RNLI was founded in 1824 and is based in Poole, Dorset. The organisation raised €210m in funds in 2019, spending €200m on lifesaving activities and water safety education. RNLI also provides a beach lifeguard service in the UK and has recently developed an International drowning prevention strategy, partnering with other organisations and governments to make drowning prevention a global priority.

Irish Lifeboat Stations

There are 46 lifeboat stations on the island of Ireland, with an operational base in Swords, Co Dublin. Irish RNLI crews are tasked through a paging system instigated by the Irish Coast Guard which can task a range of rescue resources depending on the nature of the emergency.

Famous Irish Lifeboat Rescues

Irish Lifeboats have participated in many rescues, perhaps the most famous of which was the rescue of the crew of the Daunt Rock lightship off Cork Harbour by the Ballycotton lifeboat in 1936. Spending almost 50 hours at sea, the lifeboat stood by the drifting lightship until the proximity to the Daunt Rock forced the coxswain to get alongside and successfully rescue the lightship's crew.

32 Irish lifeboat crew have been lost in rescue missions, including the 15 crew of the Kingstown (now Dun Laoghaire) lifeboat which capsized while attempting to rescue the crew of the SS Palme on Christmas Eve 1895.

FAQs

While the number of callouts to lifeboat stations varies from year to year, Howth Lifeboat station has aggregated more 'shouts' in recent years than other stations, averaging just over 60 a year.

Stations with an offshore lifeboat have a full-time mechanic, while some have a full-time coxswain. However, most lifeboat crews are volunteers.

There are 46 lifeboat stations on the island of Ireland

32 Irish lifeboat crew have been lost in rescue missions, including the 15 crew of the Kingstown (now Dun Laoghaire) lifeboat which capsized while attempting to rescue the crew of the SS Palme on Christmas Eve 1895

In 2019, 8,941 lifeboat launches saved 342 lives across the RNLI fleet.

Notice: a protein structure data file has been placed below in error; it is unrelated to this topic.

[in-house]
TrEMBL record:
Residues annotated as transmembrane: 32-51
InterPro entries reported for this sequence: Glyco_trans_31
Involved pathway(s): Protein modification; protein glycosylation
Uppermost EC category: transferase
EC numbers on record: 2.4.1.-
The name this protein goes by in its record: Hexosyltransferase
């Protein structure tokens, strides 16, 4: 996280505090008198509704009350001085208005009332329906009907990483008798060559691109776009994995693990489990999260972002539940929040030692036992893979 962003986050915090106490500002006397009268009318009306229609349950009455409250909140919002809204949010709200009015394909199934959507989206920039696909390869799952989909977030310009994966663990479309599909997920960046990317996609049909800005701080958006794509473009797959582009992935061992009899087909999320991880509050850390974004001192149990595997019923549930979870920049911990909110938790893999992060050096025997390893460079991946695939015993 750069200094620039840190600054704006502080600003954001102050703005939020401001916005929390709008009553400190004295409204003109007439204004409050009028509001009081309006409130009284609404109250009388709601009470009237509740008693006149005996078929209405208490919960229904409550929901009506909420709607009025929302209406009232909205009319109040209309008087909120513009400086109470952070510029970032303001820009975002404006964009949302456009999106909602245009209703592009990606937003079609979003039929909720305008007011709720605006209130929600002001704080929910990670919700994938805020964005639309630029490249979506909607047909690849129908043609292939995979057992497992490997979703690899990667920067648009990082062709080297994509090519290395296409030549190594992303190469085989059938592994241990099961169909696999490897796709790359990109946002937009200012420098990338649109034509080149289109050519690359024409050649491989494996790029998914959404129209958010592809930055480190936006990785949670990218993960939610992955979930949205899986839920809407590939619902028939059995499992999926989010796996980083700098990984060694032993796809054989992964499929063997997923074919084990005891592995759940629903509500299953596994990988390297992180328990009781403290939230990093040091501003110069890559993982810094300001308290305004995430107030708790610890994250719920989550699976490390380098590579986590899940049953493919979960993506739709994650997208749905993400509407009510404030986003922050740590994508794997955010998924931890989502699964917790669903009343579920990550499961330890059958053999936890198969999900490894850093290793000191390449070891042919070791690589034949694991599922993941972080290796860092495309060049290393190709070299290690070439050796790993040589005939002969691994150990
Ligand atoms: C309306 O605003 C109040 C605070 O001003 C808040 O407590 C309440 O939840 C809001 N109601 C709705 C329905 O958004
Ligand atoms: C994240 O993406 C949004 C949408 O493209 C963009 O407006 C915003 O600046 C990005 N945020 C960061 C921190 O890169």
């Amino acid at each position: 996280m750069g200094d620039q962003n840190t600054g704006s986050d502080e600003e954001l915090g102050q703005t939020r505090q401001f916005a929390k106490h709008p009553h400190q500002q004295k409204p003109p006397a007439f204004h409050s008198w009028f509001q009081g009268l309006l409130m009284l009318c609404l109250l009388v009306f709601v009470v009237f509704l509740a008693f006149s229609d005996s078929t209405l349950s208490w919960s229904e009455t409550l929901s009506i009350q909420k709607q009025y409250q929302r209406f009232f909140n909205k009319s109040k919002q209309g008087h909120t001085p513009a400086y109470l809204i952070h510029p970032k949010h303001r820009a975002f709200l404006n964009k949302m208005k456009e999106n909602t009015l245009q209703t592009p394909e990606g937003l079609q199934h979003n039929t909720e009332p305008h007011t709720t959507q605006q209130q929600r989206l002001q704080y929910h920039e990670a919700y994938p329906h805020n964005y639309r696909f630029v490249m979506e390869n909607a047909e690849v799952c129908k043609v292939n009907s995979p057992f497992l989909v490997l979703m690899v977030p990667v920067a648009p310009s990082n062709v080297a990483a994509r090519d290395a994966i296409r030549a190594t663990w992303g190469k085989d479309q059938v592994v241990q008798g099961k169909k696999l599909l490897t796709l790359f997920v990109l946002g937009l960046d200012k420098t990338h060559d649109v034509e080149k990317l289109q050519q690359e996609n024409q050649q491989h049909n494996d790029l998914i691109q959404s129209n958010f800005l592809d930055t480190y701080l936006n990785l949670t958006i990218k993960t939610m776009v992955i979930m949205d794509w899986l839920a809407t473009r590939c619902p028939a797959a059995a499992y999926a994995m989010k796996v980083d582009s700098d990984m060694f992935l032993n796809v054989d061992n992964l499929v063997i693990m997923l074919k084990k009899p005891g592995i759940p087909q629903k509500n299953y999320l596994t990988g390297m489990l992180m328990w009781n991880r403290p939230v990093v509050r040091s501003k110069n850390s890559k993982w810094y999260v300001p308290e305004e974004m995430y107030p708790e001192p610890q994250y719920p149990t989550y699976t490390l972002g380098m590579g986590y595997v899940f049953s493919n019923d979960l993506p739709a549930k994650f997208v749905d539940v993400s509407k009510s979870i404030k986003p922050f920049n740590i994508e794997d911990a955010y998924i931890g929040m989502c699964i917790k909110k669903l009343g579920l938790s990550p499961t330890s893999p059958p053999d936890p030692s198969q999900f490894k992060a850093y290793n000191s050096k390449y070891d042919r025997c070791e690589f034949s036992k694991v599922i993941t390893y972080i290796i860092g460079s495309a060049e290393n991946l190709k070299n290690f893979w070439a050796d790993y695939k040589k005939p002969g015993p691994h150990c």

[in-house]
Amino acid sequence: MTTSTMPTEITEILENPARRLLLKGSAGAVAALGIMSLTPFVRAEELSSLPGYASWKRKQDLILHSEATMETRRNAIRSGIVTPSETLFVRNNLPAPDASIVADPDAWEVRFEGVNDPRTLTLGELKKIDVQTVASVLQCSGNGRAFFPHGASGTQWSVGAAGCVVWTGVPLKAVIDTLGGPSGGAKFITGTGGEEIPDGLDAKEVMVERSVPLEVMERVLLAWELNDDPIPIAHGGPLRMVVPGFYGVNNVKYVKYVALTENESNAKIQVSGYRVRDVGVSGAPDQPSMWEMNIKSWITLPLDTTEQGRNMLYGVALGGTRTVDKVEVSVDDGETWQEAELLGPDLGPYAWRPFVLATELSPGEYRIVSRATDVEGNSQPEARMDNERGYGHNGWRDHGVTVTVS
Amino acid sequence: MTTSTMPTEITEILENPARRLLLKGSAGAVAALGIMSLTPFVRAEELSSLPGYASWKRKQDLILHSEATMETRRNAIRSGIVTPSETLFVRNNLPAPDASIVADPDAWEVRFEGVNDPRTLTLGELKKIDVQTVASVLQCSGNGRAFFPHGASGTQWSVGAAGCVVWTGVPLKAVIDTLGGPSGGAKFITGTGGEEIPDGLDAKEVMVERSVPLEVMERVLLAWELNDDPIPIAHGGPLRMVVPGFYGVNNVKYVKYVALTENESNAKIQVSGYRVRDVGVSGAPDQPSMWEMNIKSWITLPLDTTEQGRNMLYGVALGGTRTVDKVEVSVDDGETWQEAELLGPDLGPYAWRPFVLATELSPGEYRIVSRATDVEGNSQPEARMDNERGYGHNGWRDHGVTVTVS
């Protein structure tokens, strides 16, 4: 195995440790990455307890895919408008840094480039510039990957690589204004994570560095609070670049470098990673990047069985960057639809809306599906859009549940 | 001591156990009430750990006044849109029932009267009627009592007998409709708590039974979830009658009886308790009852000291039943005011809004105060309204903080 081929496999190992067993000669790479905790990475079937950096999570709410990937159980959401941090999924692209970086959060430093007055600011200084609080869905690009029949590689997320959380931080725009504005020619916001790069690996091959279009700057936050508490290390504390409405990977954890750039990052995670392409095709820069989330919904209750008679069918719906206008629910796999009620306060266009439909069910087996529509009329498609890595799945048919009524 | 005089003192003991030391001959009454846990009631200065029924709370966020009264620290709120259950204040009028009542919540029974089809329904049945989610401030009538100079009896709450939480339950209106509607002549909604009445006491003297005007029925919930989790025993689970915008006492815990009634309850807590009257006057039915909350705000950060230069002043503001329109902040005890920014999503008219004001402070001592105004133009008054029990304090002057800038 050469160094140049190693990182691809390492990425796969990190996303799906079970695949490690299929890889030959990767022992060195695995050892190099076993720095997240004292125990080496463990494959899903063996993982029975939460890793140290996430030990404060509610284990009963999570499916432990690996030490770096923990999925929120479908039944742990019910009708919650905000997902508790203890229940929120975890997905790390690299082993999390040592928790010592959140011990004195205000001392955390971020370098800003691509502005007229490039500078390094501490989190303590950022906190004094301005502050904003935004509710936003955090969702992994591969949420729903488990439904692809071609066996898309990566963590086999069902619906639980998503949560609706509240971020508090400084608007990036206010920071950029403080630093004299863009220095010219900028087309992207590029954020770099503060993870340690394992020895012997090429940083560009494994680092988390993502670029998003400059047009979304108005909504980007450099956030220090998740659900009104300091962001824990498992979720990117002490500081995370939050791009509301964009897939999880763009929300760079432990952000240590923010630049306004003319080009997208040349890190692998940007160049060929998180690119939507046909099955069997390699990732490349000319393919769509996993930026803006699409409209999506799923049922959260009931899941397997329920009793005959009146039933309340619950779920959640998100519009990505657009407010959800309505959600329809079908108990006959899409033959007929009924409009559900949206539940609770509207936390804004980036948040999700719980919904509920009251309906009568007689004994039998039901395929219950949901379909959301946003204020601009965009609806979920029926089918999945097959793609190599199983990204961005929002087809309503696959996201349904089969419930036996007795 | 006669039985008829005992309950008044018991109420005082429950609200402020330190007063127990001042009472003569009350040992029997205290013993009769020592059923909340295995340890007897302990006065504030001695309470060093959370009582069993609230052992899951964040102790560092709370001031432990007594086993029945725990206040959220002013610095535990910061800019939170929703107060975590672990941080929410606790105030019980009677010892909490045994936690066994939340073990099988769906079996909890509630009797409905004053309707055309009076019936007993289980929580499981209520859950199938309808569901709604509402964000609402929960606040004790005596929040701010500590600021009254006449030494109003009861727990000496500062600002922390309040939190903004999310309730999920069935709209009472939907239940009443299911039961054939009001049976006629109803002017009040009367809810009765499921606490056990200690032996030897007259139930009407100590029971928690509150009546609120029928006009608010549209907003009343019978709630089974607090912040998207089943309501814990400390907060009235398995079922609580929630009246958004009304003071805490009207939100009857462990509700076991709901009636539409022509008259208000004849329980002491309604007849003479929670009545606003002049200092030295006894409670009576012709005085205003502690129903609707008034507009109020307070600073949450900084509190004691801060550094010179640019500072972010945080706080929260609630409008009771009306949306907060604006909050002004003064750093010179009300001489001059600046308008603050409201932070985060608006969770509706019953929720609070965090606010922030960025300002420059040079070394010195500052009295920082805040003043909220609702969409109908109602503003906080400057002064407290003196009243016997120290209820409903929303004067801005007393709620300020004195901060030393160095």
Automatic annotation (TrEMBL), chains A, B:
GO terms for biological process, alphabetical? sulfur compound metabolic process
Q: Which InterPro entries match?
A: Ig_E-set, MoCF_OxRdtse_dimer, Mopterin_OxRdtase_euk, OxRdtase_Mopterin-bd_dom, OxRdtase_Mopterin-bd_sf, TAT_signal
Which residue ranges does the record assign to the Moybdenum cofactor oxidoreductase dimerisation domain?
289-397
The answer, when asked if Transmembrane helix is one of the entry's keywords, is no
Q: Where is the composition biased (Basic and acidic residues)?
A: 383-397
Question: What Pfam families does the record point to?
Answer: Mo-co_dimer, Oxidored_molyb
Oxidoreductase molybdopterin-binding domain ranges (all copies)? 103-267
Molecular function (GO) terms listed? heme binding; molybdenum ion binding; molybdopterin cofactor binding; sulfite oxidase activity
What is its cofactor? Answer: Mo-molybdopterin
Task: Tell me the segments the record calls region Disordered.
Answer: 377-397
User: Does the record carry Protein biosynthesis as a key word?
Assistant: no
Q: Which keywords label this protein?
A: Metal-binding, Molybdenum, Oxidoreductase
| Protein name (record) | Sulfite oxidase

The Irish fleet is a mixture of inshore and all-weather (offshore) craft. The offshore lifeboats, which range from 17m to 12m in length are either moored afloat, launched down a slipway or are towed into the sea on a trailer and launched. The inshore boats are either rigid or non-rigid inflatables.

The Irish Coast Guard in the Republic of Ireland or the UK Coastguard in Northern Ireland task lifeboats when an emergency call is received, through any of the recognised systems. These include 999/112 phone calls, Mayday/PanPan calls on VHF, a signal from an emergency position indicating radio beacon (EPIRB) or distress signals.

The Irish Coast Guard is the government agency responsible for the response to, and co-ordination of, maritime accidents which require search and rescue operations. To carry out their task the Coast Guard calls on their own resources – Coast Guard units manned by volunteers and contracted helicopters, as well as "declared resources" - RNLI lifeboats and crews. While lifeboats conduct the operation, the coordination is provided by the Coast Guard.

A lifeboat coxswain (pronounced cox'n) is the skipper or master of the lifeboat.

RNLI Lifeboat crews are required to follow a particular development plan that covers a pre-agreed range of skills necessary to complete particular tasks. These skills and tasks form part of the competence-based training that is delivered both locally and at the RNLI's Lifeboat College in Poole, Dorset

 

While the RNLI is dependent on donations and legacies for funding, they also need volunteer crew and fund-raisers.